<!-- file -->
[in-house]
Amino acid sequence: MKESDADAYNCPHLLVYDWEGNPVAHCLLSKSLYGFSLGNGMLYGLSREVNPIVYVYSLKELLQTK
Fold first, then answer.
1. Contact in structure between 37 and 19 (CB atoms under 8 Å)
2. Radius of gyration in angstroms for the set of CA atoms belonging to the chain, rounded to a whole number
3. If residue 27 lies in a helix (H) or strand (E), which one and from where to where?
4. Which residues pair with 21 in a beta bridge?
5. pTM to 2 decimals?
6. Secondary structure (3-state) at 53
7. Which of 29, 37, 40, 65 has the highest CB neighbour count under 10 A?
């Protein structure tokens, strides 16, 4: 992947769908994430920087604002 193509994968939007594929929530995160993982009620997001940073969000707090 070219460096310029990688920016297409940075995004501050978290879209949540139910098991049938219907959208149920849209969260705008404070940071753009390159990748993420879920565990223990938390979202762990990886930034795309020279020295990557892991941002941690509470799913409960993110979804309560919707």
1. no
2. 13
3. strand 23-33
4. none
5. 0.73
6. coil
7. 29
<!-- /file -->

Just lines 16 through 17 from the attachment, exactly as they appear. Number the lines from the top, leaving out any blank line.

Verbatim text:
5. 0.73
6. coil